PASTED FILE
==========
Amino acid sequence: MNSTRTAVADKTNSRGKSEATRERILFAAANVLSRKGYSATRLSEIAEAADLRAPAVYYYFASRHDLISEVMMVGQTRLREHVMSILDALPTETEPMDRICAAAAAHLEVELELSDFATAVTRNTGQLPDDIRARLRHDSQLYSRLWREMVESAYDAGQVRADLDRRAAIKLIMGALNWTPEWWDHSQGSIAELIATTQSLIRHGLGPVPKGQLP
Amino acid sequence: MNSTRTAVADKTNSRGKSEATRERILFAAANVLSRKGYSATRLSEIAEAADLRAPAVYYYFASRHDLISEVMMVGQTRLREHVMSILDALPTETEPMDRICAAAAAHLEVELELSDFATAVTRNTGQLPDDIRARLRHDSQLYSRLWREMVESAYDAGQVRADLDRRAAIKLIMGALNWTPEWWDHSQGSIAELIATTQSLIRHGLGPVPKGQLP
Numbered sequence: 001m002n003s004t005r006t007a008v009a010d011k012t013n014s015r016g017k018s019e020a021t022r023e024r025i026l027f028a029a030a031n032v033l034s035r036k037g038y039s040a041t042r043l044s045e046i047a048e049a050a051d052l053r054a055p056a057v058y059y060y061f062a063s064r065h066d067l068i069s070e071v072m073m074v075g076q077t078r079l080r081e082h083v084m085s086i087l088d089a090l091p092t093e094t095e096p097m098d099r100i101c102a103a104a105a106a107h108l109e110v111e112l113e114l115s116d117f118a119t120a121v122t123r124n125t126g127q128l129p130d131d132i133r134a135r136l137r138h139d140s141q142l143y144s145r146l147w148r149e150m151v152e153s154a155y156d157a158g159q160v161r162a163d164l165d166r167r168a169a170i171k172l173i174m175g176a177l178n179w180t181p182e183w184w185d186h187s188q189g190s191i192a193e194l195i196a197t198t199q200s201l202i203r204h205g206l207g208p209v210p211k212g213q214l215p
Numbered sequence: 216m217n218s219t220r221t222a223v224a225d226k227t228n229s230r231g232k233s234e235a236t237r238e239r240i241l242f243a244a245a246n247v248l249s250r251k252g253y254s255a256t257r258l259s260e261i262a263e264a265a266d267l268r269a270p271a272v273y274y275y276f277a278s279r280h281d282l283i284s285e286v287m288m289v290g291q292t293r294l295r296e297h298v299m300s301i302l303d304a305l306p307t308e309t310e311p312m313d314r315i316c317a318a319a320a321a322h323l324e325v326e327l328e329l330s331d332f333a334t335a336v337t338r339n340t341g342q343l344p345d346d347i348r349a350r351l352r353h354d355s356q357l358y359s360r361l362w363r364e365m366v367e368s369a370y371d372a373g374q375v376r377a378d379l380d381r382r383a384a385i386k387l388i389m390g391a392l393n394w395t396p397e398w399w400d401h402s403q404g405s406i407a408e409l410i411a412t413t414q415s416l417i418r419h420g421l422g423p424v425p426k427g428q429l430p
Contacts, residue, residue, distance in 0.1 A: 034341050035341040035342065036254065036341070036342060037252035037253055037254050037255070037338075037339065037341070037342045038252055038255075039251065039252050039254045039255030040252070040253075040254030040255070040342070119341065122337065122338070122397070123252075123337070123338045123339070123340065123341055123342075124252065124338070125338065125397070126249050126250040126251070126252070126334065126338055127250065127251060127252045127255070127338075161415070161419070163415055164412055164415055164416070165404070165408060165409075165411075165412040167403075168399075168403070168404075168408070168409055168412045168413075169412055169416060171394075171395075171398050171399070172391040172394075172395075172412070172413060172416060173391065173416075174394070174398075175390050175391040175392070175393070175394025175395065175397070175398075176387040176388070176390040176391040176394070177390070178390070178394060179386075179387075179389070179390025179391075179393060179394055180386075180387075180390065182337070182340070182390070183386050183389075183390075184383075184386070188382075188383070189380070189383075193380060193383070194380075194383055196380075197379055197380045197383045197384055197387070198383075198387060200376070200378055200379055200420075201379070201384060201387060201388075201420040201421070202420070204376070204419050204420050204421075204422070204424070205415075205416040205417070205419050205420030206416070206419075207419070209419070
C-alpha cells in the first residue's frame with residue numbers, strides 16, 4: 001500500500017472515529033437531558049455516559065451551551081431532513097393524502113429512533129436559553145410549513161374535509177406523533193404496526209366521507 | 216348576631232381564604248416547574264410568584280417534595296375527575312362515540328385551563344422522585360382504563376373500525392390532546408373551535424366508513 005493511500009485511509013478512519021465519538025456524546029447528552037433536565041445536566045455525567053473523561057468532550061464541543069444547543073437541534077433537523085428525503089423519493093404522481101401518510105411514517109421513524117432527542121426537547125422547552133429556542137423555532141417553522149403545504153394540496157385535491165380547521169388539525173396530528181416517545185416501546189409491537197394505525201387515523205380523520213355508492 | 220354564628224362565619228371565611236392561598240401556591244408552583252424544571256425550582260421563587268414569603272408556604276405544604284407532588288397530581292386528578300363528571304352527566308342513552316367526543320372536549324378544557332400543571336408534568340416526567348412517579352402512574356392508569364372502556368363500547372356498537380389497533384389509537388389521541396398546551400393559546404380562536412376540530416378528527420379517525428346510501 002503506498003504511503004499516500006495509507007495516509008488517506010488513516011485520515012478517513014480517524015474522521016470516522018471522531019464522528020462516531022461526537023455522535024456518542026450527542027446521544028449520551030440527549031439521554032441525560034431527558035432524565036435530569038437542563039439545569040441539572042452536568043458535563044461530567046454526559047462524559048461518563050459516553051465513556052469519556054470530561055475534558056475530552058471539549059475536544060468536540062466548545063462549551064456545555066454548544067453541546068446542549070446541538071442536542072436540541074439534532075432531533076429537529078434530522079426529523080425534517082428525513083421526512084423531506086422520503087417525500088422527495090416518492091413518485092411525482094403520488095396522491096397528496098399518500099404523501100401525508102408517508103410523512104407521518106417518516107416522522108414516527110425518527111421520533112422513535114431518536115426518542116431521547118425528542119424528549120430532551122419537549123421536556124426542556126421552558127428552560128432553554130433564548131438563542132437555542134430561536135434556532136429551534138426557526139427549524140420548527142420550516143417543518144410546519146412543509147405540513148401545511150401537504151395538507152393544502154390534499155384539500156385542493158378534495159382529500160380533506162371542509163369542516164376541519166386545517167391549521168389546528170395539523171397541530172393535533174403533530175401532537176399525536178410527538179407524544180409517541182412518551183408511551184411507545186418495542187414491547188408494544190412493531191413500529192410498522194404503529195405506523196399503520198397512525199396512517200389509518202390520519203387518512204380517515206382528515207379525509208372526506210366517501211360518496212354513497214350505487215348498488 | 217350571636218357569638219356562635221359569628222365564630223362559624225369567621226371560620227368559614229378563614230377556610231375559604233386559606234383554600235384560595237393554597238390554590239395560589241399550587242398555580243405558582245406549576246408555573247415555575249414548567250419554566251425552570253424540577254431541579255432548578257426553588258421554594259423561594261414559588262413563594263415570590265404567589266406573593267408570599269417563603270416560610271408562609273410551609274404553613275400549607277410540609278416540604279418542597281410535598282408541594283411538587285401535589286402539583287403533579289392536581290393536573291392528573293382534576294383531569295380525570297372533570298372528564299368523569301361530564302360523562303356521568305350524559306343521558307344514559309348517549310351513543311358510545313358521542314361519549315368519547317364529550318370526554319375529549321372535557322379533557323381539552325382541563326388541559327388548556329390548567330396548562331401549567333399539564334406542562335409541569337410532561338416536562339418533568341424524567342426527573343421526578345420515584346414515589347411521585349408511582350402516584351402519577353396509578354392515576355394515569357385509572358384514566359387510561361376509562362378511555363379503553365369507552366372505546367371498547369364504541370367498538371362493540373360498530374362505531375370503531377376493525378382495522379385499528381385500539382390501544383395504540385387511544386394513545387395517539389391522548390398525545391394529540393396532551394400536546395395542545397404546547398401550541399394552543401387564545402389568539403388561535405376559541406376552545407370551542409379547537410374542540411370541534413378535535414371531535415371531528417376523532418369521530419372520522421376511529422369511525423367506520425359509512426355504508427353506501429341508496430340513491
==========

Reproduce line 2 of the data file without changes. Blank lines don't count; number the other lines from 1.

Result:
Amino acid sequence: MNSTRTAVADKTNSRGKSEATRERILFAAANVLSRKGYSATRLSEIAEAADLRAPAVYYYFASRHDLISEVMMVGQTRLREHVMSILDALPTETEPMDRICAAAAAHLEVELELSDFATAVTRNTGQLPDDIRARLRHDSQLYSRLWREMVESAYDAGQVRADLDRRAAIKLIMGALNWTPEWWDHSQGSIAELIATTQSLIRHGLGPVPKGQLP